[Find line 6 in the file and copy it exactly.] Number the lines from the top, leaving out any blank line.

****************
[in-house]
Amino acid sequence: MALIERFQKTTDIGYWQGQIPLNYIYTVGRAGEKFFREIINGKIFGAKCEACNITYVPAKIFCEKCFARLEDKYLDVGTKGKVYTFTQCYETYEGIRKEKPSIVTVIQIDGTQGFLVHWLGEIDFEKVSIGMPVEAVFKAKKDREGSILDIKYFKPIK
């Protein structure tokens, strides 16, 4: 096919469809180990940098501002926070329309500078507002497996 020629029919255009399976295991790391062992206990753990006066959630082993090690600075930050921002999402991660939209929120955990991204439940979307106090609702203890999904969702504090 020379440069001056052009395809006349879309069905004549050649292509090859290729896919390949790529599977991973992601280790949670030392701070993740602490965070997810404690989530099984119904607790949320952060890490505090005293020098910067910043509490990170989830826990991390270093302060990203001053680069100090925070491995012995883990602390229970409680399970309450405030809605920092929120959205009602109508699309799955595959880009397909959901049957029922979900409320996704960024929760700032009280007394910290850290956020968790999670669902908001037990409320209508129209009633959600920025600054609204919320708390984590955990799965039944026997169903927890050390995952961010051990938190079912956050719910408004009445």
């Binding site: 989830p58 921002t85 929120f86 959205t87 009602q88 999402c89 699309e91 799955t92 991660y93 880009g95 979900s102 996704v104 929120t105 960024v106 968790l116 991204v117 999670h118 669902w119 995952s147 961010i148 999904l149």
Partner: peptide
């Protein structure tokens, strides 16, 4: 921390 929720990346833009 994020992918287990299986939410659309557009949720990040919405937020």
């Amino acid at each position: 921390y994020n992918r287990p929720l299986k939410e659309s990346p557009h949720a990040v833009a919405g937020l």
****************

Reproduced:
């Protein structure tokens, strides 16, 4: 921390 929720990346833009 994020992918287990299986939410659309557009949720990040919405937020």